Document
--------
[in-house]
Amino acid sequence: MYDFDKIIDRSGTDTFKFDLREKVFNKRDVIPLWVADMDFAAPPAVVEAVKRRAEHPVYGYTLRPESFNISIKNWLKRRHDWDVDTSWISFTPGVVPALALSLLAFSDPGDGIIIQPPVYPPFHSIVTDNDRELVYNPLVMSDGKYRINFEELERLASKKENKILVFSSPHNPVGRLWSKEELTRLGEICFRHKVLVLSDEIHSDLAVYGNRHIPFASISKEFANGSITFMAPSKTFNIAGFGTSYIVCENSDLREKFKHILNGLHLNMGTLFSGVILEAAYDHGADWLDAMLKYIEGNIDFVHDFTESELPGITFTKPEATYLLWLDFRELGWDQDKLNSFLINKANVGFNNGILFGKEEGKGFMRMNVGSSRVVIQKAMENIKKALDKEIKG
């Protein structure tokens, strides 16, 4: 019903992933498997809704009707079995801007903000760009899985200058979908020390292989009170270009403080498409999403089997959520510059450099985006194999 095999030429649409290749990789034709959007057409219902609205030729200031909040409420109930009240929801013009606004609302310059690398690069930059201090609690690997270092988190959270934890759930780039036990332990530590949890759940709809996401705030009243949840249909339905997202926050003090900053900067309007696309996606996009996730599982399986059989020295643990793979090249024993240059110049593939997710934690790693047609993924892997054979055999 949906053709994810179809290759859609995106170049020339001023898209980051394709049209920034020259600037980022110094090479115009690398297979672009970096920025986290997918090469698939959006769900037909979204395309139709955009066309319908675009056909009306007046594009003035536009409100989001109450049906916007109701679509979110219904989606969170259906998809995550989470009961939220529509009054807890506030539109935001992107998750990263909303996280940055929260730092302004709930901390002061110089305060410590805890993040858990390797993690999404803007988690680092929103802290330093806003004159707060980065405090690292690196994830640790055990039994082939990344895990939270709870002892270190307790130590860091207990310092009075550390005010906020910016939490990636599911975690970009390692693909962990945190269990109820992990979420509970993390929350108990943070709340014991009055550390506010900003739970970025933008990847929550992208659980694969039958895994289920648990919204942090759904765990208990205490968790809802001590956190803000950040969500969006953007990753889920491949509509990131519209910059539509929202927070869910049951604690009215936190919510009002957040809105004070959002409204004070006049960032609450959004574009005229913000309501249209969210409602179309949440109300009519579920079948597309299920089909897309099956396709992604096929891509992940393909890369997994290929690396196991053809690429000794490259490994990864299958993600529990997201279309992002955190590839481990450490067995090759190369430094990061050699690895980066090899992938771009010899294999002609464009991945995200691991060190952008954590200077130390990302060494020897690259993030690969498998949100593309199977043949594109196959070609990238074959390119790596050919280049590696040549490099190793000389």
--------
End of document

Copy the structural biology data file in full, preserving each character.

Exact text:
[in-house]
Amino acid sequence: MYDFDKIIDRSGTDTFKFDLREKVFNKRDVIPLWVADMDFAAPPAVVEAVKRRAEHPVYGYTLRPESFNISIKNWLKRRHDWDVDTSWISFTPGVVPALALSLLAFSDPGDGIIIQPPVYPPFHSIVTDNDRELVYNPLVMSDGKYRINFEELERLASKKENKILVFSSPHNPVGRLWSKEELTRLGEICFRHKVLVLSDEIHSDLAVYGNRHIPFASISKEFANGSITFMAPSKTFNIAGFGTSYIVCENSDLREKFKHILNGLHLNMGTLFSGVILEAAYDHGADWLDAMLKYIEGNIDFVHDFTESELPGITFTKPEATYLLWLDFRELGWDQDKLNSFLINKANVGFNNGILFGKEEGKGFMRMNVGSSRVVIQKAMENIKKALDKEIKG
């Protein structure tokens, strides 16, 4: 019903992933498997809704009707079995801007903000760009899985200058979908020390292989009170270009403080498409999403089997959520510059450099985006194999 095999030429649409290749990789034709959007057409219902609205030729200031909040409420109930009240929801013009606004609302310059690398690069930059201090609690690997270092988190959270934890759930780039036990332990530590949890759940709809996401705030009243949840249909339905997202926050003090900053900067309007696309996606996009996730599982399986059989020295643990793979090249024993240059110049593939997710934690790693047609993924892997054979055999 949906053709994810179809290759859609995106170049020339001023898209980051394709049209920034020259600037980022110094090479115009690398297979672009970096920025986290997918090469698939959006769900037909979204395309139709955009066309319908675009056909009306007046594009003035536009409100989001109450049906916007109701679509979110219904989606969170259906998809995550989470009961939220529509009054807890506030539109935001992107998750990263909303996280940055929260730092302004709930901390002061110089305060410590805890993040858990390797993690999404803007988690680092929103802290330093806003004159707060980065405090690292690196994830640790055990039994082939990344895990939270709870002892270190307790130590860091207990310092009075550390005010906020910016939490990636599911975690970009390692693909962990945190269990109820992990979420509970993390929350108990943070709340014991009055550390506010900003739970970025933008990847929550992208659980694969039958895994289920648990919204942090759904765990208990205490968790809802001590956190803000950040969500969006953007990753889920491949509509990131519209910059539509929202927070869910049951604690009215936190919510009002957040809105004070959002409204004070006049960032609450959004574009005229913000309501249209969210409602179309949440109300009519579920079948597309299920089909897309099956396709992604096929891509992940393909890369997994290929690396196991053809690429000794490259490994990864299958993600529990997201279309992002955190590839481990450490067995090759190369430094990061050699690895980066090899992938771009010899294999002609464009991945995200691991060190952008954590200077130390990302060494020897690259993030690969498998949100593309199977043949594109196959070609990238074959390119790596050919280049590696040549490099190793000389």